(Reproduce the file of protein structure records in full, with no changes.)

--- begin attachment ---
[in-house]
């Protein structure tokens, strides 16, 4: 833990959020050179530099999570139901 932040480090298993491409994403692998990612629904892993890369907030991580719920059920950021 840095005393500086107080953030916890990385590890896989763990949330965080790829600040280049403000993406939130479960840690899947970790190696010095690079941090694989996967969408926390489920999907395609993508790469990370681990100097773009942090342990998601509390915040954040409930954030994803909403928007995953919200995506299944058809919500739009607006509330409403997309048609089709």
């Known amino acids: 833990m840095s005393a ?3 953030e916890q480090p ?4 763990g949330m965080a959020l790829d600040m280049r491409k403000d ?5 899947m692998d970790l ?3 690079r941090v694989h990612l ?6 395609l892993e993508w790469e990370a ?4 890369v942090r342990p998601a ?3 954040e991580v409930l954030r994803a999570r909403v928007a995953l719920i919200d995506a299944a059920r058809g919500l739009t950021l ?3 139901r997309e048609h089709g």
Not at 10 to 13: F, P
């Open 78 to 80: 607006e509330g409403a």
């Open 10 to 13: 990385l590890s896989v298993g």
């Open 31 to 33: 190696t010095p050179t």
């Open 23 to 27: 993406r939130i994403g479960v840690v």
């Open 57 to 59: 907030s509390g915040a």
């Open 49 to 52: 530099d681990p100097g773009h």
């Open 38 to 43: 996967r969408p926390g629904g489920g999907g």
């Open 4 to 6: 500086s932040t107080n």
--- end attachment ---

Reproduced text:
[in-house]
């Protein structure tokens, strides 16, 4: 833990959020050179530099999570139901 932040480090298993491409994403692998990612629904892993890369907030991580719920059920950021 840095005393500086107080953030916890990385590890896989763990949330965080790829600040280049403000993406939130479960840690899947970790190696010095690079941090694989996967969408926390489920999907395609993508790469990370681990100097773009942090342990998601509390915040954040409930954030994803909403928007995953919200995506299944058809919500739009607006509330409403997309048609089709």
């Known amino acids: 833990m840095s005393a ?3 953030e916890q480090p ?4 763990g949330m965080a959020l790829d600040m280049r491409k403000d ?5 899947m692998d970790l ?3 690079r941090v694989h990612l ?6 395609l892993e993508w790469e990370a ?4 890369v942090r342990p998601a ?3 954040e991580v409930l954030r994803a999570r909403v928007a995953l719920i919200d995506a299944a059920r058809g919500l739009t950021l ?3 139901r997309e048609h089709g």
Not at 10 to 13: F, P
């Open 78 to 80: 607006e509330g409403a």
């Open 10 to 13: 990385l590890s896989v298993g």
């Open 31 to 33: 190696t010095p050179t």
């Open 23 to 27: 993406r939130i994403g479960v840690v």
């Open 57 to 59: 907030s509390g915040a």
């Open 49 to 52: 530099d681990p100097g773009h």
């Open 38 to 43: 996967r969408p926390g629904g489920g999907g």
């Open 4 to 6: 500086s932040t107080n």